I have now covered this route a bunch of times through the years, having travelled overland from as far as Singapore, up to the northern regions of Thailand in Chiang Mai. Which is like one extreme to the other. At the same time, I have covered travel from Malaysia to Thailand over three different border crossings, including Langkawi to Satun by boat, and the road border at Dannok / Sadao, but I will forever recommend travelling from Malaysia to Thailand by train. With the crossing at Padang Besar on the Thai border. But I will include alternative options along the way. Otherwise this shows the most direct route starting from Kuala Lumpur in Malaysia, including the major destinations along the way, to as far as Bangkok. And the video below shows similar travel in the opposite direction, from Bangkok to Penang, including the same trains, transport, and destinations along the way. Maybe watch it in reverse.
Trains from Kuala Lumpur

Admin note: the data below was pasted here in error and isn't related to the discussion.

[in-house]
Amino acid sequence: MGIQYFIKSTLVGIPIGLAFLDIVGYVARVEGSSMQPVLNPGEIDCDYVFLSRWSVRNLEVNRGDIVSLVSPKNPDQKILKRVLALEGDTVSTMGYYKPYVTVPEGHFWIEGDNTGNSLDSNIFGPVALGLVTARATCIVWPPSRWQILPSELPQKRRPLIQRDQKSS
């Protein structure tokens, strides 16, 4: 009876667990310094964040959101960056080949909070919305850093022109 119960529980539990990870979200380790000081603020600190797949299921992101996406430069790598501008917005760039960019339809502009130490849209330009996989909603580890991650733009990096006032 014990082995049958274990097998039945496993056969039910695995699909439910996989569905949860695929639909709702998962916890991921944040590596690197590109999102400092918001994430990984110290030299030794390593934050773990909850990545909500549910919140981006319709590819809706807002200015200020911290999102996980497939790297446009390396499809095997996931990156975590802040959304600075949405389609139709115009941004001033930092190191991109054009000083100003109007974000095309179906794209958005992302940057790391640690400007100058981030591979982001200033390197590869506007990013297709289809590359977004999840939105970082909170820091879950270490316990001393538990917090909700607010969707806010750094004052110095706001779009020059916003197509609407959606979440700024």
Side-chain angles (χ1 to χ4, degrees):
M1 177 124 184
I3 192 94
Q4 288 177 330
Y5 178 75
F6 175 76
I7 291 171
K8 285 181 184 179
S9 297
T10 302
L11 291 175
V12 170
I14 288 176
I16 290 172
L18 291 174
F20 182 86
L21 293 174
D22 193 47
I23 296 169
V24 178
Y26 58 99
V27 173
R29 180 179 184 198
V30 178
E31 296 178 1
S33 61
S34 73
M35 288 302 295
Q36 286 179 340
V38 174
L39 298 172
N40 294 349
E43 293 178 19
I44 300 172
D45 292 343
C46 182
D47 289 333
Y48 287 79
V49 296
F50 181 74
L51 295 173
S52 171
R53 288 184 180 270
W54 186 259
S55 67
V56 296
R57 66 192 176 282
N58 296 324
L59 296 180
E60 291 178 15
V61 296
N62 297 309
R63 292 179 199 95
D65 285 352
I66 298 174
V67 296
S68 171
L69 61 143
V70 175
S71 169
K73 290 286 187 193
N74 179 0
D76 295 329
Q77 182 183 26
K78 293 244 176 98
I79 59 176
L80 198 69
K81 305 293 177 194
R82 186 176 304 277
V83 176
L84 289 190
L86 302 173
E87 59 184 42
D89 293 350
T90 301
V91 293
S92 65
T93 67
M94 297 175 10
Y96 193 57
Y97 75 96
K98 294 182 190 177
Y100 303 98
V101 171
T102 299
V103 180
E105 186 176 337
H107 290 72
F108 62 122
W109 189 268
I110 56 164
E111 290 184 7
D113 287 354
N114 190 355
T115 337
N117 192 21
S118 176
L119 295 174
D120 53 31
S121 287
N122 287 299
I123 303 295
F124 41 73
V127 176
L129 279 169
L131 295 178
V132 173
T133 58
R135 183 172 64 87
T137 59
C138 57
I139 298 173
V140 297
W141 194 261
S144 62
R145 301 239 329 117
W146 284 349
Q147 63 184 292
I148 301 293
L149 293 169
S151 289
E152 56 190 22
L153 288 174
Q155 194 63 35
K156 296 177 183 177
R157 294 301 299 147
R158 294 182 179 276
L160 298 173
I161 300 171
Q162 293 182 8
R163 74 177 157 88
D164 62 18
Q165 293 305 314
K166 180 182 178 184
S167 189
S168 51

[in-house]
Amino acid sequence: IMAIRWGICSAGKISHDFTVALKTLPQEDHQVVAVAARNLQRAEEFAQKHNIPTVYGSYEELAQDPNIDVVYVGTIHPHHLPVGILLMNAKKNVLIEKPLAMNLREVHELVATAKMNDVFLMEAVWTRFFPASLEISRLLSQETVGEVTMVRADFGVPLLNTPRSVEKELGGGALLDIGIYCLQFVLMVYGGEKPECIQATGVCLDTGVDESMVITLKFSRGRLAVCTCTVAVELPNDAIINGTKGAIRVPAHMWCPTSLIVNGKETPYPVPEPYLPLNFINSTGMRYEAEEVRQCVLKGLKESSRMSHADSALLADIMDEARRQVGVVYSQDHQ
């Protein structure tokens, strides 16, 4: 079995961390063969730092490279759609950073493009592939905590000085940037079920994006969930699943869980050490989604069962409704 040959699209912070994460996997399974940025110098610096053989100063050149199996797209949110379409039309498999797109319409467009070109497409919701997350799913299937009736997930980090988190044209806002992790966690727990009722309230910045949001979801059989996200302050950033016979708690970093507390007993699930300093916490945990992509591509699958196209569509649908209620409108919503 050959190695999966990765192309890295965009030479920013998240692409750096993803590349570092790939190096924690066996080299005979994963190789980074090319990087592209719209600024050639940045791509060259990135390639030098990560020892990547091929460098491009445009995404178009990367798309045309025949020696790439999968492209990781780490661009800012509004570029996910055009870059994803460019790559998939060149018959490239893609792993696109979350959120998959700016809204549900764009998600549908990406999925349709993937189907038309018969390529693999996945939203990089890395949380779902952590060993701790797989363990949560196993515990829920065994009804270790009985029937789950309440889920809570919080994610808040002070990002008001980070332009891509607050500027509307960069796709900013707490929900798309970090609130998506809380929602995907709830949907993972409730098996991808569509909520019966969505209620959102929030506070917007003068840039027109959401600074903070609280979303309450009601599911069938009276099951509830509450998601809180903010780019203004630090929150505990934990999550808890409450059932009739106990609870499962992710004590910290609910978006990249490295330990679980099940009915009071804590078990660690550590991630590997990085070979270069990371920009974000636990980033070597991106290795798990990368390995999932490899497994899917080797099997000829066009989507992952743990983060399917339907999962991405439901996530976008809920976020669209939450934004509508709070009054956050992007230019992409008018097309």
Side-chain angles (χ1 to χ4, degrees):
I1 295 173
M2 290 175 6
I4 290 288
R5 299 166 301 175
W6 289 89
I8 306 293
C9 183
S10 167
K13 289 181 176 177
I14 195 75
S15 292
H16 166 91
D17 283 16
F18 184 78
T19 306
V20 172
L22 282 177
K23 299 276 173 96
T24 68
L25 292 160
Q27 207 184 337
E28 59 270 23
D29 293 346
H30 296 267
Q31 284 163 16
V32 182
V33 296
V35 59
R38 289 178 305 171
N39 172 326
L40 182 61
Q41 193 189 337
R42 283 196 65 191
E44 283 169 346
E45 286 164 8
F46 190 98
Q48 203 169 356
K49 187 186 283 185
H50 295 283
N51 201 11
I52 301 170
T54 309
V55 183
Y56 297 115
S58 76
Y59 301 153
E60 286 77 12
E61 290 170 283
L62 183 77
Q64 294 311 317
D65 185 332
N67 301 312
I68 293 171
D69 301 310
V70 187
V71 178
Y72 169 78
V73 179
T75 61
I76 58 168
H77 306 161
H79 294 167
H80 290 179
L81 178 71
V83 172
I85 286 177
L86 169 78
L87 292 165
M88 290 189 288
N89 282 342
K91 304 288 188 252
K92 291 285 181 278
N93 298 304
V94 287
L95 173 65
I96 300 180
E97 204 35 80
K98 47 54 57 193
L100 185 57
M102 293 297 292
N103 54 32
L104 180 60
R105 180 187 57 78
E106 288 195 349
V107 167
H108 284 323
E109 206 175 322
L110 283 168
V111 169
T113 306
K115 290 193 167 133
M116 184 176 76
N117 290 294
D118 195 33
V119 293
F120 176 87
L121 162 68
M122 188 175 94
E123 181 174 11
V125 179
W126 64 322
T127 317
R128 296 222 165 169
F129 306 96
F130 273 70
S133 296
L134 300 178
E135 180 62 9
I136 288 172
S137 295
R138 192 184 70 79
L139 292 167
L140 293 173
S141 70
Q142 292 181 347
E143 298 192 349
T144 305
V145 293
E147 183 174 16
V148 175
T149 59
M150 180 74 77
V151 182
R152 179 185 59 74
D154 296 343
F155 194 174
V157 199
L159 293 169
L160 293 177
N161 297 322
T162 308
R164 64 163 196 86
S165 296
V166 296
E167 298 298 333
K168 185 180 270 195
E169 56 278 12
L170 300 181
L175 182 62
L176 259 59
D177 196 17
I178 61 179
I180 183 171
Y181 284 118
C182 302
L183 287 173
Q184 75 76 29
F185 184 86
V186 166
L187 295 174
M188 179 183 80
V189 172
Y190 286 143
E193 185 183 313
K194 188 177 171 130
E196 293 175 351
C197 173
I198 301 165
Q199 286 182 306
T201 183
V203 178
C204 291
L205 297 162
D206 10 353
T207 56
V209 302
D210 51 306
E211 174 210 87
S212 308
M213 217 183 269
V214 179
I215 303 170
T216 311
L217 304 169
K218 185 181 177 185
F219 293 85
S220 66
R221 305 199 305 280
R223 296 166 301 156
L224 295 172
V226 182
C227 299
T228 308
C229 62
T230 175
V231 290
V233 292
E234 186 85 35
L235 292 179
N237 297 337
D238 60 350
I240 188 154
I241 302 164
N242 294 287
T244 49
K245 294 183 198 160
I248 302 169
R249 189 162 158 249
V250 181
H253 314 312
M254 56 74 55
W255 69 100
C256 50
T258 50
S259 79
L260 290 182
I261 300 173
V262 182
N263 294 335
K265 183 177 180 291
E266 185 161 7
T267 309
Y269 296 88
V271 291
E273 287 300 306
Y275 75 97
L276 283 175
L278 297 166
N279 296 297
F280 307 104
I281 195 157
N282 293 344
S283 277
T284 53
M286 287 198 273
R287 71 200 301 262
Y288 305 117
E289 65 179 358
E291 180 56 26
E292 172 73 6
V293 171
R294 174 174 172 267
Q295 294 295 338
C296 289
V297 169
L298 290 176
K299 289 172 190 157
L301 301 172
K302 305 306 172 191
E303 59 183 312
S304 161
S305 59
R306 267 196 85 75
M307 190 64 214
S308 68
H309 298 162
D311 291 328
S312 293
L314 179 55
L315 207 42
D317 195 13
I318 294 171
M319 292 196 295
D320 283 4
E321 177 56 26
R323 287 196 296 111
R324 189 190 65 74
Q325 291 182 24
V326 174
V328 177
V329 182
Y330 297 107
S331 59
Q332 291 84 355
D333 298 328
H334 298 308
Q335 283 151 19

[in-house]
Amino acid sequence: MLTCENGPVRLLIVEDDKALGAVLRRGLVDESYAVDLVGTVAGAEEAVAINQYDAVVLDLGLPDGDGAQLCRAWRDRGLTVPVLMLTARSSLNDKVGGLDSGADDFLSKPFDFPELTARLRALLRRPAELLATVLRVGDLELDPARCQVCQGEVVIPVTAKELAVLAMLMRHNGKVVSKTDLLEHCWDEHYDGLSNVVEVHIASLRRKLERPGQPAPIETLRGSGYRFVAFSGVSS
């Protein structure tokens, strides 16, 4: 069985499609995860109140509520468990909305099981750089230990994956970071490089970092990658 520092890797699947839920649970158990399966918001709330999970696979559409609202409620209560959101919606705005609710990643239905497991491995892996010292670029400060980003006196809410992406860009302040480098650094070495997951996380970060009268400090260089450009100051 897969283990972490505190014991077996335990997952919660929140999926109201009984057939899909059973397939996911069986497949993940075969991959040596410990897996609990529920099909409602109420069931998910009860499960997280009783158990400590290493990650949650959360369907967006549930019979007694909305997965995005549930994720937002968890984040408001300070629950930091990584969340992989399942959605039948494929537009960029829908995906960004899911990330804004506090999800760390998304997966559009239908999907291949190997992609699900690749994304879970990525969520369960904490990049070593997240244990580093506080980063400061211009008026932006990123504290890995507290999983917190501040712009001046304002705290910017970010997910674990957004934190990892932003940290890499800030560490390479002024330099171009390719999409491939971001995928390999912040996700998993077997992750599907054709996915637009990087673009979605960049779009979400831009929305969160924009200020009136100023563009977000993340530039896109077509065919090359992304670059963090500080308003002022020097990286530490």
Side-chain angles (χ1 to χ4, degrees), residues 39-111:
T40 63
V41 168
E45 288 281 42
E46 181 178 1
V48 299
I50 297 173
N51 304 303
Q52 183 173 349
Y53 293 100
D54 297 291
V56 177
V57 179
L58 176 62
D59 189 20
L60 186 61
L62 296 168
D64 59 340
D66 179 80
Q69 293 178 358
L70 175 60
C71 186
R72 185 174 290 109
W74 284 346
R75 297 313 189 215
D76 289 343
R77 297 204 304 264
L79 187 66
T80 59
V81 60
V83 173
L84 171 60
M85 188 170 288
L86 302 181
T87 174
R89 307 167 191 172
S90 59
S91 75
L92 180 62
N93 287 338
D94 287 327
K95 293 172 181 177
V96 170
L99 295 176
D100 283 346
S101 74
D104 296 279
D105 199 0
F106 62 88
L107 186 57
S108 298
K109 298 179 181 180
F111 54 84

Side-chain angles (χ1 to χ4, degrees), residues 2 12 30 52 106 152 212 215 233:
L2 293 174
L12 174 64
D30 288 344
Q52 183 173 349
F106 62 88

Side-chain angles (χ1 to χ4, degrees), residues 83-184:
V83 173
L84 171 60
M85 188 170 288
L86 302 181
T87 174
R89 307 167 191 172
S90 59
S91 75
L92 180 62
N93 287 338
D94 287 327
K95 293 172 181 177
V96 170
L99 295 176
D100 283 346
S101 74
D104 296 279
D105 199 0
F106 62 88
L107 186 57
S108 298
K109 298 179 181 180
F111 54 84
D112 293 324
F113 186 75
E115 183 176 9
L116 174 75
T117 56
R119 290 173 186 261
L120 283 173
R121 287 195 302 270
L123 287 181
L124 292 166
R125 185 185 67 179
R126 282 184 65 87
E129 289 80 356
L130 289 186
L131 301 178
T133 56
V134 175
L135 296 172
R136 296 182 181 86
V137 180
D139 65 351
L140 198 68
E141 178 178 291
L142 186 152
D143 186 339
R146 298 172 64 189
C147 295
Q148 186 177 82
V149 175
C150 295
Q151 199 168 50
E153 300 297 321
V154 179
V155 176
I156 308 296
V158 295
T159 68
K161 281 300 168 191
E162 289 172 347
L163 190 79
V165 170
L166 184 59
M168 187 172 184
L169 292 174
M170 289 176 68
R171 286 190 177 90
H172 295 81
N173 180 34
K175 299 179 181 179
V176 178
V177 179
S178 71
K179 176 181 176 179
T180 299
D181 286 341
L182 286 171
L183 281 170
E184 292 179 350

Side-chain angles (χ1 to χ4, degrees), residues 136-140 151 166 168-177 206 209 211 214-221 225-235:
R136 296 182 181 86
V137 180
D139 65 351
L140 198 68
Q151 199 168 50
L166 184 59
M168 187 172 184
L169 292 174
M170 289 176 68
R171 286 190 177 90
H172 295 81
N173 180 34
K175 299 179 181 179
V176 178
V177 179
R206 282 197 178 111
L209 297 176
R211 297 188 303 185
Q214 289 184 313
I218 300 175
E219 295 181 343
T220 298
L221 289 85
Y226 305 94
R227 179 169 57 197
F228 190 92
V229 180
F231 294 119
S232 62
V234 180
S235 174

The first stretch from, Kuala Lumpur in Malaysia to the Thai border, is by far the most comfortable since the trains in Malaysia have become quicker, more comfortable, and much more efficient, with the introduction of the ETS (Electric Train Service 2015). And now the journey takes around 5hrs 30mins to Padang Besar (at the Thai border), with two journeys scheduled per day (normally 11:00 and 18:00), costing around $30 per person (full timetable and booking here). But, personally, I would break up the journey to Thailand, with a stop at Penang (connection at Butterworth station) where there are more frequent connections (10 trains per day) with Kuala Lumpur (full timetable and booking here). All trains leave from KL Sentral Station which connects with the LRT and Monorails of Kuala Lumpur (our Kuala Lumpur Guide here).